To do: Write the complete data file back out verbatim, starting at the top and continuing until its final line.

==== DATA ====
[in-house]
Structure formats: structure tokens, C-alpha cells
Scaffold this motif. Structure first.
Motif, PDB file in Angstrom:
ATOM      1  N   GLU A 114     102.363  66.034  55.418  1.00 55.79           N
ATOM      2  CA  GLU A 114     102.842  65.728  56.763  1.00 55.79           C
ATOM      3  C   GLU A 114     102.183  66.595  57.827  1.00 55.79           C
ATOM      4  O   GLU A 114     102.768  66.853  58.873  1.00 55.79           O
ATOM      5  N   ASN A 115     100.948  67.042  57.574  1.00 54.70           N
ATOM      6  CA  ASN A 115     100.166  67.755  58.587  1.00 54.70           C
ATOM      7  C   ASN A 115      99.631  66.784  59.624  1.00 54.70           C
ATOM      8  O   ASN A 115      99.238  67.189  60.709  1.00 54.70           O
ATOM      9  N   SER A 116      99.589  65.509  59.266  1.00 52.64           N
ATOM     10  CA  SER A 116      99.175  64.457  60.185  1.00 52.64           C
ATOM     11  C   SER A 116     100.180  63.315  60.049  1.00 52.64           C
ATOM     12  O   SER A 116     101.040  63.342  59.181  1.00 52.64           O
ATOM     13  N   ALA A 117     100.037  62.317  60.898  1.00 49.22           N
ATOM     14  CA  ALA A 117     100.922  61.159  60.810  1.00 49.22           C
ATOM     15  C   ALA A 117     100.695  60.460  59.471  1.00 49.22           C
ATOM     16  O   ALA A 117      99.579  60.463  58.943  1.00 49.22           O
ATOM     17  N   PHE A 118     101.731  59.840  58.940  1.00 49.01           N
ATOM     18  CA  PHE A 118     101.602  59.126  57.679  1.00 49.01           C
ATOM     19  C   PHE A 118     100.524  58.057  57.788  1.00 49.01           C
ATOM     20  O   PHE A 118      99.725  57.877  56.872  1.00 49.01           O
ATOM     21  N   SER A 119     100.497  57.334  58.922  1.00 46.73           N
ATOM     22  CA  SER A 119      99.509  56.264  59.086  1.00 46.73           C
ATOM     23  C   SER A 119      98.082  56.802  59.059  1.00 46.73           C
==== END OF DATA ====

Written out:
[in-house]
Structure formats: structure tokens, C-alpha cells
Scaffold this motif. Structure first.
Motif, PDB file in Angstrom:
ATOM      1  N   GLU A 114     102.363  66.034  55.418  1.00 55.79           N
ATOM      2  CA  GLU A 114     102.842  65.728  56.763  1.00 55.79           C
ATOM      3  C   GLU A 114     102.183  66.595  57.827  1.00 55.79           C
ATOM      4  O   GLU A 114     102.768  66.853  58.873  1.00 55.79           O
ATOM      5  N   ASN A 115     100.948  67.042  57.574  1.00 54.70           N
ATOM      6  CA  ASN A 115     100.166  67.755  58.587  1.00 54.70           C
ATOM      7  C   ASN A 115      99.631  66.784  59.624  1.00 54.70           C
ATOM      8  O   ASN A 115      99.238  67.189  60.709  1.00 54.70           O
ATOM      9  N   SER A 116      99.589  65.509  59.266  1.00 52.64           N
ATOM     10  CA  SER A 116      99.175  64.457  60.185  1.00 52.64           C
ATOM     11  C   SER A 116     100.180  63.315  60.049  1.00 52.64           C
ATOM     12  O   SER A 116     101.040  63.342  59.181  1.00 52.64           O
ATOM     13  N   ALA A 117     100.037  62.317  60.898  1.00 49.22           N
ATOM     14  CA  ALA A 117     100.922  61.159  60.810  1.00 49.22           C
ATOM     15  C   ALA A 117     100.695  60.460  59.471  1.00 49.22           C
ATOM     16  O   ALA A 117      99.579  60.463  58.943  1.00 49.22           O
ATOM     17  N   PHE A 118     101.731  59.840  58.940  1.00 49.01           N
ATOM     18  CA  PHE A 118     101.602  59.126  57.679  1.00 49.01           C
ATOM     19  C   PHE A 118     100.524  58.057  57.788  1.00 49.01           C
ATOM     20  O   PHE A 118      99.725  57.877  56.872  1.00 49.01           O
ATOM     21  N   SER A 119     100.497  57.334  58.922  1.00 46.73           N
ATOM     22  CA  SER A 119      99.509  56.264  59.086  1.00 46.73           C
ATOM     23  C   SER A 119      98.082  56.802  59.059  1.00 46.73           C